How We Learn


Residency is about growth.  As a result, we designed our program to help you become the very best clinician, leader, and life-long learner you can be.  We firmly believe we are training you to be a world class emergency physician in order to practice EM in any environment.  Whether your goal is to practice in a world class ivory tower academic center or in a small single-coverage community department or in an under resourced international setting; we aim to prepare you for it all.  To do this we are mindful about finding ways to challenge you at each step of your residency through a graduated responsibility curriculum.


Rotation Distribution by Year

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R1 Year

Our first year kicks off with orientation to help prepare you for the rigors of clinical EM and remind you what it’s like to see patients again (yes…we keep tabs on #4thyearmedschool).  Much of the first year is focused on building approaches to the common chief complaints in the ED.  We create an extra hour of teaching time each week for our early interns in the form of “Intern Report” where we spend time building differential diagnosis (because if it’s not on your differential, you’ll never make the diagnosis), practicing procedures, and reading some of the literature at the foundation of our clinical practice.  Each first year off-service rotation is crafted to help build the foundation for skillsets that are essential to the practice of EM.


R2 Year

Second year is about going beyond the basic work-up and evaluation of patients and really understanding the diversity of patient presentations and underlying pathology of those presenting to the ED.  As a second year resident you spend much of your time in the ED learning to hone that “sick versus not sick” gestalt that is imperative for every emergency physician to have.  The off-service rotations in second year focus on fostering an understanding of what happens to the sickest patients once they get admitted from the ED, helping to provide deeper insights about how initial resuscitation decisions influence the downstream course for patients.  Our first (of two) elective blocks are also offered in the second year to help residents explore the myriad of career paths available after residency and begin to develop a niche if they are academic-bound.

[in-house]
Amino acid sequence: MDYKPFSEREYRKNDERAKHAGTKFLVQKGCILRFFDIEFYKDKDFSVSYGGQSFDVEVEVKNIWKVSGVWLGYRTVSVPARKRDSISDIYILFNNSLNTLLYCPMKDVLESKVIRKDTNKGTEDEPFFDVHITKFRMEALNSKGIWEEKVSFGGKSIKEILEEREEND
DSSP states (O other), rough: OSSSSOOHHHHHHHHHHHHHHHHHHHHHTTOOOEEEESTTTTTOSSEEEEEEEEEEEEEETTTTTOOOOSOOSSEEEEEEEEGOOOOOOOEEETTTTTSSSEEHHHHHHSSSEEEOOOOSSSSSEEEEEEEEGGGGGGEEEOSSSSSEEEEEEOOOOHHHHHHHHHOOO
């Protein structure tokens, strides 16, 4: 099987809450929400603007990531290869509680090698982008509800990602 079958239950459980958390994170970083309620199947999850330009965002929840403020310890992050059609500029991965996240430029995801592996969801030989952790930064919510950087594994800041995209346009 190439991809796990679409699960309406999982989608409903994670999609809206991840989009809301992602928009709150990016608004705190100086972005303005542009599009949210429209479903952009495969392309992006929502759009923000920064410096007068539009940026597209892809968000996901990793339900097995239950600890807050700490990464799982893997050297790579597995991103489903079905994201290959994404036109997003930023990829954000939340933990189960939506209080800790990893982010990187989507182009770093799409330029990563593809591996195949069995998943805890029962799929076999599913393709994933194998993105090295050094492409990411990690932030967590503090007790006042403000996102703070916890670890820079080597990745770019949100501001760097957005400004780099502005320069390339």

R3 Year

The final year of our residency program is about moving toward autonomous practice as you lead the department in your oversight of the highest acuity pod in our ED.  As a third year you serve as leader of both medical and trauma resuscitations in the department and also are challenges to balance patient volume while providing the highest quality care to all your patients.  You will spend the majority of your time in the ED capping of your experience in our residency to prepare you for your future as a cutting edge emergency physician.  The goal of the off-service time in third year allows residents to mindfully explore and augment their existing practice patterns while providing a second month of elective that enables further professional development and career planning.


Clinical Sites

University Hospitals – Cleveland Medical Center

  • Academic, urban, tertiary care ED that serves as the residency’s primary clinical site

  • Annual ED Volume: 68,000+ visits

  • Level 1 Trauma Center

  • Dedicated 10 bed clinical decision unit overseen by the ED gives residents experience with observation medicine


University Hospitals - Rainbow Babies & Children’s Hospital

  • Academic, tertiary care, pediatric ED

  • Annual ED Volume: 32,000+ visits

  • Only Pediatric Level 1 Trauma Center in the region

  • Staffed 24/7 by Pediatric EM trained staff

  • Pediatric EM experience is integrated longitudinally into all EM blocks during residency


University Hospitals – Ahuja Medical Center

  • Community, suburban ED

  • Annual ED Volume: 44,000+ visits

  • Located less than 10 miles from UH-CMC

  • High performing operational model to emphasize throughput and patient experience




Our weekly resident conference aspires to be as cutting edge as possible to provide the maximal educational and engaging experience.  We aim to ensure that each session’s educational goals align with the most effective teaching modality by emphasizing hands on experiences, small group discussions, and debates when possible.  While the UH EM faculty provide their insights weekly, we regularly invite speakers from other renowned EM programs and other UH departments to gain insights from experts outside our own department.  Monthly mock oral boards and journal clubs round out our conference curriculum to ensure that our trainees graduate prepared for the boards and ready to be life-long learners.